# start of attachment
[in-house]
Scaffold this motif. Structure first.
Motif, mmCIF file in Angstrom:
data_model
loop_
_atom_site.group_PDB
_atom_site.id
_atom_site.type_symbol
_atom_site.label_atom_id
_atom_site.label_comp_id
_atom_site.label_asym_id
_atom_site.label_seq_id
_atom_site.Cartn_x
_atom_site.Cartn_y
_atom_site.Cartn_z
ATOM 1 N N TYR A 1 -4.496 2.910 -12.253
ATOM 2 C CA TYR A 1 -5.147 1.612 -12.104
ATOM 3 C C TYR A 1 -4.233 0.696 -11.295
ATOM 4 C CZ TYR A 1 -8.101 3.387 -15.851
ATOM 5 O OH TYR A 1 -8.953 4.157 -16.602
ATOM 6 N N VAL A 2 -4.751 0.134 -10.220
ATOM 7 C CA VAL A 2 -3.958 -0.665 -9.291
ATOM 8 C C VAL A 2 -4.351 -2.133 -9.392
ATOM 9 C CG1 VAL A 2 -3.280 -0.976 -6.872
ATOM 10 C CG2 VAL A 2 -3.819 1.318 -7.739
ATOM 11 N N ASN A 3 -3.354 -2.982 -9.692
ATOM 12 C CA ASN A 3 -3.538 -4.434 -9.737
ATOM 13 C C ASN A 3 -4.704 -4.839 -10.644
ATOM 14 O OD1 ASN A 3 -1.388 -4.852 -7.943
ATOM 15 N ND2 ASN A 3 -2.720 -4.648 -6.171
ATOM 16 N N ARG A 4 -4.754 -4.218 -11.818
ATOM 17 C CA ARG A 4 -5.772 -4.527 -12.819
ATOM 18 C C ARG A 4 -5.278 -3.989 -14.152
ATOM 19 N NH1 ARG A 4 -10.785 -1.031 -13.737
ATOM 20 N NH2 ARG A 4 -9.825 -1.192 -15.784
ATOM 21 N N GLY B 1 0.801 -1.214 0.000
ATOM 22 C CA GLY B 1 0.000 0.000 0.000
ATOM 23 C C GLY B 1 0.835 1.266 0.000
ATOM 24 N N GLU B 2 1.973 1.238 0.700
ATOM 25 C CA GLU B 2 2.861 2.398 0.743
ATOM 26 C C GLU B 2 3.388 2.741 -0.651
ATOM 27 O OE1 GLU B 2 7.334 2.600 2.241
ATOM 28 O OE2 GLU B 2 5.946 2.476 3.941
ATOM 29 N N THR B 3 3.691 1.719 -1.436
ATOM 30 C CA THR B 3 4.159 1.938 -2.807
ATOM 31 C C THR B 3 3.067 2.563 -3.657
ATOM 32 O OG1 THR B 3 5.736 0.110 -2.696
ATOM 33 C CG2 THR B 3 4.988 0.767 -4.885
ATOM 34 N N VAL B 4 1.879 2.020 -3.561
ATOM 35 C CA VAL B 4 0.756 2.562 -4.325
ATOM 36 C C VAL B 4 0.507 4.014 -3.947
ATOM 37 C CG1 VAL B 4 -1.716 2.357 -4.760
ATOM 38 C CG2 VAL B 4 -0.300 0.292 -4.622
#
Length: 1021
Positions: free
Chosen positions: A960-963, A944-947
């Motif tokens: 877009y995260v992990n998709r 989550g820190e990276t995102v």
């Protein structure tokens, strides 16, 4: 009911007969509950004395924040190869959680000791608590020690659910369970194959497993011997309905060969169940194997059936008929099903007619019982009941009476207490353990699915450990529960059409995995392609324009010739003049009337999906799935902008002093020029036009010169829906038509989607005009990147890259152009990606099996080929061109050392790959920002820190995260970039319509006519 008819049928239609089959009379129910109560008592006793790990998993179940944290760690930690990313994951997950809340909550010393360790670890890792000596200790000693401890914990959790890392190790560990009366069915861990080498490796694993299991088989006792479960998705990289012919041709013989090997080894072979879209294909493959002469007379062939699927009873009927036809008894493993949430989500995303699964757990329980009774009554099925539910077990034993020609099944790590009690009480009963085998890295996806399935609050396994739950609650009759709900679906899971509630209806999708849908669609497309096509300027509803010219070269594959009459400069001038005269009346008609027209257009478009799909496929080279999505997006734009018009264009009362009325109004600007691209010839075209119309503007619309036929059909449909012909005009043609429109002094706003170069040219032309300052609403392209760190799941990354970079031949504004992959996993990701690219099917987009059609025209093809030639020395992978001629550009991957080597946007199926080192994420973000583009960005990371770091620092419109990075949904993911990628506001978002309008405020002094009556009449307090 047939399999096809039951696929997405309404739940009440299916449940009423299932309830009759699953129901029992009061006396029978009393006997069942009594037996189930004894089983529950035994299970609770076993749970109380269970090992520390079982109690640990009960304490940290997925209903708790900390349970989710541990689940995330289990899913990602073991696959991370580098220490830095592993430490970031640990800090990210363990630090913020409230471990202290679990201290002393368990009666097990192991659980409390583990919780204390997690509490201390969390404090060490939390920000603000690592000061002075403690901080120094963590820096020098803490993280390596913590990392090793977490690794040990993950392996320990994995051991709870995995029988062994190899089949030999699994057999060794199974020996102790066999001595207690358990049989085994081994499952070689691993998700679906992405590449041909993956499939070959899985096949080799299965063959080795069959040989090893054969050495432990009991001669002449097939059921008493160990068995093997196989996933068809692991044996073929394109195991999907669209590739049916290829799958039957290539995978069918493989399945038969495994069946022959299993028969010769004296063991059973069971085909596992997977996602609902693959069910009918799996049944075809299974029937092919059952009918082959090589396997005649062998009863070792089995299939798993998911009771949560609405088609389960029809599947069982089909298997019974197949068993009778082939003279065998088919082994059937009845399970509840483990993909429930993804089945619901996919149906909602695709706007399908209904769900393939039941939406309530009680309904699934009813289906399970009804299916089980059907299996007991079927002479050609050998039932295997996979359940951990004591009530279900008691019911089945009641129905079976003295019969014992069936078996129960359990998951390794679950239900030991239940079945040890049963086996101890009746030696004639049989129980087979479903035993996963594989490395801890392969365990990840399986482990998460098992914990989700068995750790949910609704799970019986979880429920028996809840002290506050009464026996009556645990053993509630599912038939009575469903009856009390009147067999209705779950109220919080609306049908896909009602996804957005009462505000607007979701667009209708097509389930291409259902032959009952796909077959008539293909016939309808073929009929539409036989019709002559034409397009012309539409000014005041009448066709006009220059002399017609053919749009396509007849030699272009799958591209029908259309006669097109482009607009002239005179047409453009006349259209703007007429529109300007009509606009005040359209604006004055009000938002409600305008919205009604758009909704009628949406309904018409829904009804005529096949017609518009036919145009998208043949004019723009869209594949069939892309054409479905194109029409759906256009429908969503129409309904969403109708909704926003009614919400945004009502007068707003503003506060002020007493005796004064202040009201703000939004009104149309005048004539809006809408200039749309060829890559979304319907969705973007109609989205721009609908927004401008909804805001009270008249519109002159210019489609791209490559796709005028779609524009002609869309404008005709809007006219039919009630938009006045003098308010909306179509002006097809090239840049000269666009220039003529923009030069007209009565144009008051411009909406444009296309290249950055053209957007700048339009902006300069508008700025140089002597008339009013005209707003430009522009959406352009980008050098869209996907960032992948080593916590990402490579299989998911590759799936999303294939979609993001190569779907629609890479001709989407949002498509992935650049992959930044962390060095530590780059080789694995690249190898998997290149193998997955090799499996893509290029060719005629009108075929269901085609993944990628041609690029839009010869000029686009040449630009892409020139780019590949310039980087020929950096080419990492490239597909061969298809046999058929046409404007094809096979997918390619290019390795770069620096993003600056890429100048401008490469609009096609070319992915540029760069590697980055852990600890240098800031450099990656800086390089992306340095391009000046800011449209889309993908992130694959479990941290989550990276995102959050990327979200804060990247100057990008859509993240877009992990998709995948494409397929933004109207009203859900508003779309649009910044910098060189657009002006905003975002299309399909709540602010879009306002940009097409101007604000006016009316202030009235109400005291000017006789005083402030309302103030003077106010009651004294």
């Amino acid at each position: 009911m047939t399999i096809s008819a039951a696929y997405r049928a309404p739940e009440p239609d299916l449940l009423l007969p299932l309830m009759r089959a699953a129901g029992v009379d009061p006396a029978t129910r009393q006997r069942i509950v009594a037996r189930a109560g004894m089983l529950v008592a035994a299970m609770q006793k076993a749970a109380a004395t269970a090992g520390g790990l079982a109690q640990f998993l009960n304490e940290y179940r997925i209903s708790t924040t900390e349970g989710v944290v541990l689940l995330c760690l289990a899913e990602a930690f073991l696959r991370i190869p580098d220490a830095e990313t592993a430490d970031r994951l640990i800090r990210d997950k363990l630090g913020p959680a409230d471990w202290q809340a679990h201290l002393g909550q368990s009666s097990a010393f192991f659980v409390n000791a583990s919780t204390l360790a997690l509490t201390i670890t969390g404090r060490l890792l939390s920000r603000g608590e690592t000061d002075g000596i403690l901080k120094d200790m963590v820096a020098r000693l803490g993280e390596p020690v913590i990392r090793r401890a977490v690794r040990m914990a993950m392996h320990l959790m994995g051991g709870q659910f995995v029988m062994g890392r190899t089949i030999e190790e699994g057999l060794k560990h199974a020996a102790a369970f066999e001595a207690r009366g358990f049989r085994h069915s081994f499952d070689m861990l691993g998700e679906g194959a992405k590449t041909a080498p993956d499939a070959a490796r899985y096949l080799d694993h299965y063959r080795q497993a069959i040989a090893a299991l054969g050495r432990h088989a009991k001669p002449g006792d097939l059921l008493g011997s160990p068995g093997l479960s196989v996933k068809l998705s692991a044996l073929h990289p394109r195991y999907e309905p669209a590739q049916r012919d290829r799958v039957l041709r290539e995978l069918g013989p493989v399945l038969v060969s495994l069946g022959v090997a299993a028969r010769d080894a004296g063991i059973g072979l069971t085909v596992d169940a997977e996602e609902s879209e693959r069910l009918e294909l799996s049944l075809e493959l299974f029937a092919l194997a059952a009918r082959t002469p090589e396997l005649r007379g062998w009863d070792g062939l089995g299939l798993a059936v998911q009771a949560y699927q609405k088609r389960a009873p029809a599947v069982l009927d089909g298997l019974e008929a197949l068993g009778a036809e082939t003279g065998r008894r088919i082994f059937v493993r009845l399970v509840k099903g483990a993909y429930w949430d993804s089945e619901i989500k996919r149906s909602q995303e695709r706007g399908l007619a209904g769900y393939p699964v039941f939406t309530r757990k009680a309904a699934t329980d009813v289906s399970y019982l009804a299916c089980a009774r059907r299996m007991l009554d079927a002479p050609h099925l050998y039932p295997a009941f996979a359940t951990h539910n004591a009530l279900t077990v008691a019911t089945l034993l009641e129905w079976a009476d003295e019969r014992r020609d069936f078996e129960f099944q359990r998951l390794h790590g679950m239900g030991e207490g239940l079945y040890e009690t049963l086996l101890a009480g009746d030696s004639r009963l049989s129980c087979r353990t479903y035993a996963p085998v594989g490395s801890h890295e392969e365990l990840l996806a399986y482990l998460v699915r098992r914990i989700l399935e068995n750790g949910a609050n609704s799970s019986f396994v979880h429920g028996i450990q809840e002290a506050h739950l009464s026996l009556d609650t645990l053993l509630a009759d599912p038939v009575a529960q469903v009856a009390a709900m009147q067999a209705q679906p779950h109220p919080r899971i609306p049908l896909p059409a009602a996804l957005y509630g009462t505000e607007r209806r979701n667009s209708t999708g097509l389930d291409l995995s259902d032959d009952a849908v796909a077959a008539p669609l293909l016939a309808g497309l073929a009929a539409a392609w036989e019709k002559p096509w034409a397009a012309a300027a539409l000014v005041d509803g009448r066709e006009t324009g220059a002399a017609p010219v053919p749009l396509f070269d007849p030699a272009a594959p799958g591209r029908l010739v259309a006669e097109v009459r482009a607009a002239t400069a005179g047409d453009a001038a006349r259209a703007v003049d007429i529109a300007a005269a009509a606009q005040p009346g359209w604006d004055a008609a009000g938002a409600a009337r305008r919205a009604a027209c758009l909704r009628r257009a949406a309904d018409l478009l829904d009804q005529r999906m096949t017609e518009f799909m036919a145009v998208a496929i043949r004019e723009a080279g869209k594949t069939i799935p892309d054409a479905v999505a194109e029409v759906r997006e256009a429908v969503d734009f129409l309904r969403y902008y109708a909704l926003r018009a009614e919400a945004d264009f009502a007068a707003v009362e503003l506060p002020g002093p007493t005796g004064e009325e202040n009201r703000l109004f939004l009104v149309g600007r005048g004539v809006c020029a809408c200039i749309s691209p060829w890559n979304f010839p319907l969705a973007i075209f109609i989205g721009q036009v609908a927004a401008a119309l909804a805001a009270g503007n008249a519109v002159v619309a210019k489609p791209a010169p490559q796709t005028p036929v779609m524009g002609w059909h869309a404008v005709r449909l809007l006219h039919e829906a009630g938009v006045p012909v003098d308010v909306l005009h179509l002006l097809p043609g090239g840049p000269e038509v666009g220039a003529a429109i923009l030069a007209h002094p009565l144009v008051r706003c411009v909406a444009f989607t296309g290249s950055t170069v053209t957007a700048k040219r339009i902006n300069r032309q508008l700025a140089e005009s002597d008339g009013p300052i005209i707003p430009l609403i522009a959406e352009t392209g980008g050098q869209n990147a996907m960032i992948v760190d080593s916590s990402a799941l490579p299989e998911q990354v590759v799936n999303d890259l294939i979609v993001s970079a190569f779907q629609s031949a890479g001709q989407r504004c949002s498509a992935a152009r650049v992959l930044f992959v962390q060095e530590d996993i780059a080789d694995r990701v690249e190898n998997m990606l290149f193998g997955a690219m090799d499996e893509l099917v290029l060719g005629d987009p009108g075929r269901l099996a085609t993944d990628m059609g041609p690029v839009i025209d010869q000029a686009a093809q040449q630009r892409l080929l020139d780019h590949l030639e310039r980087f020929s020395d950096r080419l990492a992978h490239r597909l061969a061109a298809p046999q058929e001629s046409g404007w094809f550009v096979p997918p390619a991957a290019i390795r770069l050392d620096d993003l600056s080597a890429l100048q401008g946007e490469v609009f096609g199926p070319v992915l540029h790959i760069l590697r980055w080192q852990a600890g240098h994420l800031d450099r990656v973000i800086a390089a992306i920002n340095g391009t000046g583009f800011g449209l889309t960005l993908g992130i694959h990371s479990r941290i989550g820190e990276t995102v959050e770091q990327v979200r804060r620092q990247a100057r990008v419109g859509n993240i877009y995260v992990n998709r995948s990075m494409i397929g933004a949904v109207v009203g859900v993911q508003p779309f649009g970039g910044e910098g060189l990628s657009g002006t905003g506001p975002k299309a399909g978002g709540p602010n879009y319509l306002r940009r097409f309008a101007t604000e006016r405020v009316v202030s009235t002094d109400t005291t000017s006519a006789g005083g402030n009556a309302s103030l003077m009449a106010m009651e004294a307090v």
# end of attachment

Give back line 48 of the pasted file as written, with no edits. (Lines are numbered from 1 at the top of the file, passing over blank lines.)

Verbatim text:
ATOM 33 C CG2 THR B 3 4.988 0.767 -4.885